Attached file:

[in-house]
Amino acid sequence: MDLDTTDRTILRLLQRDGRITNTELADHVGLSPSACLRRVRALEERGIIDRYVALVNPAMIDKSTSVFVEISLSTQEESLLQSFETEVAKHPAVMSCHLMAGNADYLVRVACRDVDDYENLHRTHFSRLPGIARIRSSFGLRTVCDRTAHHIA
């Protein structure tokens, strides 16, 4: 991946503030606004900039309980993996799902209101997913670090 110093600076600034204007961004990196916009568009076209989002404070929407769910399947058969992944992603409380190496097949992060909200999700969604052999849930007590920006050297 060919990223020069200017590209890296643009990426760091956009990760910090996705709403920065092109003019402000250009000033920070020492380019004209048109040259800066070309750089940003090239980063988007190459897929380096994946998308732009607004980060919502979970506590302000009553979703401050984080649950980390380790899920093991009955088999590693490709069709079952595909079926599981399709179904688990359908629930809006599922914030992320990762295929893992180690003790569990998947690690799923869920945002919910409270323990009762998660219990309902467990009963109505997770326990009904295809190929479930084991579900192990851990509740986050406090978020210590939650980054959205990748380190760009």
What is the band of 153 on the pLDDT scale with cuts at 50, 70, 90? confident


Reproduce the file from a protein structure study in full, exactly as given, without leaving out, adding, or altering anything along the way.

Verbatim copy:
[in-house]
Amino acid sequence: MDLDTTDRTILRLLQRDGRITNTELADHVGLSPSACLRRVRALEERGIIDRYVALVNPAMIDKSTSVFVEISLSTQEESLLQSFETEVAKHPAVMSCHLMAGNADYLVRVACRDVDDYENLHRTHFSRLPGIARIRSSFGLRTVCDRTAHHIA
């Protein structure tokens, strides 16, 4: 991946503030606004900039309980993996799902209101997913670090 110093600076600034204007961004990196916009568009076209989002404070929407769910399947058969992944992603409380190496097949992060909200999700969604052999849930007590920006050297 060919990223020069200017590209890296643009990426760091956009990760910090996705709403920065092109003019402000250009000033920070020492380019004209048109040259800066070309750089940003090239980063988007190459897929380096994946998308732009607004980060919502979970506590302000009553979703401050984080649950980390380790899920093991009955088999590693490709069709079952595909079926599981399709179904688990359908629930809006599922914030992320990762295929893992180690003790569990998947690690799923869920945002919910409270323990009762998660219990309902467990009963109505997770326990009904295809190929479930084991579900192990851990509740986050406090978020210590939650980054959205990748380190760009």
What is the band of 153 on the pLDDT scale with cuts at 50, 70, 90? confident